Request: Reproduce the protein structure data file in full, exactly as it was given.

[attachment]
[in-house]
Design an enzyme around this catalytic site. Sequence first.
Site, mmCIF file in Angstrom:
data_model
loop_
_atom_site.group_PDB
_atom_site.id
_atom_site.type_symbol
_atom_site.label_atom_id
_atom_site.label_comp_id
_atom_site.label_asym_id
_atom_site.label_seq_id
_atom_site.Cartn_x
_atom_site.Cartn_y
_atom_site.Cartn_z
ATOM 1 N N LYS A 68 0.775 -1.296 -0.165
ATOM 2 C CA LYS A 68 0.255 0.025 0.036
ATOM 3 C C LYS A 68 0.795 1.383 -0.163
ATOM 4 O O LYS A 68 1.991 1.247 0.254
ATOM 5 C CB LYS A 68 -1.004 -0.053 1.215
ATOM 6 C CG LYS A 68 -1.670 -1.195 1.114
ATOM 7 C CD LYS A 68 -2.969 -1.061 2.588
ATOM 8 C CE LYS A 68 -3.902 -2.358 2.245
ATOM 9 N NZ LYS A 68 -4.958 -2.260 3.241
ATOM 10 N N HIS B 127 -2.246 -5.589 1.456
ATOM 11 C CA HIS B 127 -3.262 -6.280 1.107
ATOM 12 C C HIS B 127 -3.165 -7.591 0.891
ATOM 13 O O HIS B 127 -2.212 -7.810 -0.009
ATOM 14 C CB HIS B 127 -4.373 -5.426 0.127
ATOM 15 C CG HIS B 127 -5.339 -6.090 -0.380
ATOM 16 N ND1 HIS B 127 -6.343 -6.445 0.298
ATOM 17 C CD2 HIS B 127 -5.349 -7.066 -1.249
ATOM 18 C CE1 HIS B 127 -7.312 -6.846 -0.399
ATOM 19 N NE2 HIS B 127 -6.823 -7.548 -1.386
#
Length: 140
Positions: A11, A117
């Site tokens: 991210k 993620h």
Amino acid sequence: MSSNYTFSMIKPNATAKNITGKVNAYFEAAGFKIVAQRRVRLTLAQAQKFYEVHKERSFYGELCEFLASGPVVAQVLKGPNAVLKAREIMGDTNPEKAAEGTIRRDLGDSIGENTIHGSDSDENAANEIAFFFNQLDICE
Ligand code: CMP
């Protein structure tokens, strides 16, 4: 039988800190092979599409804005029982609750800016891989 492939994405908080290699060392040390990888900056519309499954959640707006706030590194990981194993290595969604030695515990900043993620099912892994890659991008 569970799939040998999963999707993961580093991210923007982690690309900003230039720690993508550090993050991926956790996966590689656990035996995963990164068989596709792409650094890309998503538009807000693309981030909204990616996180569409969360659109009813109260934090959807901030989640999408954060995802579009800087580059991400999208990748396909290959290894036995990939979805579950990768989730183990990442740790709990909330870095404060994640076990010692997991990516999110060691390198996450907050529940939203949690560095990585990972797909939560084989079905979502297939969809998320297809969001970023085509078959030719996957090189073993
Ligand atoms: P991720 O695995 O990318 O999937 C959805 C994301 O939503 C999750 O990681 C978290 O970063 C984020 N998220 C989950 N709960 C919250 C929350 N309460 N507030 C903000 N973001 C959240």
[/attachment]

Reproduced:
[in-house]
Design an enzyme around this catalytic site. Sequence first.
Site, mmCIF file in Angstrom:
data_model
loop_
_atom_site.group_PDB
_atom_site.id
_atom_site.type_symbol
_atom_site.label_atom_id
_atom_site.label_comp_id
_atom_site.label_asym_id
_atom_site.label_seq_id
_atom_site.Cartn_x
_atom_site.Cartn_y
_atom_site.Cartn_z
ATOM 1 N N LYS A 68 0.775 -1.296 -0.165
ATOM 2 C CA LYS A 68 0.255 0.025 0.036
ATOM 3 C C LYS A 68 0.795 1.383 -0.163
ATOM 4 O O LYS A 68 1.991 1.247 0.254
ATOM 5 C CB LYS A 68 -1.004 -0.053 1.215
ATOM 6 C CG LYS A 68 -1.670 -1.195 1.114
ATOM 7 C CD LYS A 68 -2.969 -1.061 2.588
ATOM 8 C CE LYS A 68 -3.902 -2.358 2.245
ATOM 9 N NZ LYS A 68 -4.958 -2.260 3.241
ATOM 10 N N HIS B 127 -2.246 -5.589 1.456
ATOM 11 C CA HIS B 127 -3.262 -6.280 1.107
ATOM 12 C C HIS B 127 -3.165 -7.591 0.891
ATOM 13 O O HIS B 127 -2.212 -7.810 -0.009
ATOM 14 C CB HIS B 127 -4.373 -5.426 0.127
ATOM 15 C CG HIS B 127 -5.339 -6.090 -0.380
ATOM 16 N ND1 HIS B 127 -6.343 -6.445 0.298
ATOM 17 C CD2 HIS B 127 -5.349 -7.066 -1.249
ATOM 18 C CE1 HIS B 127 -7.312 -6.846 -0.399
ATOM 19 N NE2 HIS B 127 -6.823 -7.548 -1.386
#
Length: 140
Positions: A11, A117
């Site tokens: 991210k 993620h």
Amino acid sequence: MSSNYTFSMIKPNATAKNITGKVNAYFEAAGFKIVAQRRVRLTLAQAQKFYEVHKERSFYGELCEFLASGPVVAQVLKGPNAVLKAREIMGDTNPEKAAEGTIRRDLGDSIGENTIHGSDSDENAANEIAFFFNQLDICE
Ligand code: CMP
């Protein structure tokens, strides 16, 4: 039988800190092979599409804005029982609750800016891989 492939994405908080290699060392040390990888900056519309499954959640707006706030590194990981194993290595969604030695515990900043993620099912892994890659991008 569970799939040998999963999707993961580093991210923007982690690309900003230039720690993508550090993050991926956790996966590689656990035996995963990164068989596709792409650094890309998503538009807000693309981030909204990616996180569409969360659109009813109260934090959807901030989640999408954060995802579009800087580059991400999208990748396909290959290894036995990939979805579950990768989730183990990442740790709990909330870095404060994640076990010692997991990516999110060691390198996450907050529940939203949690560095990585990972797909939560084989079905979502297939969809998320297809969001970023085509078959030719996957090189073993
Ligand atoms: P991720 O695995 O990318 O999937 C959805 C994301 O939503 C999750 O990681 C978290 O970063 C984020 N998220 C989950 N709960 C919250 C929350 N309460 N507030 C903000 N973001 C959240």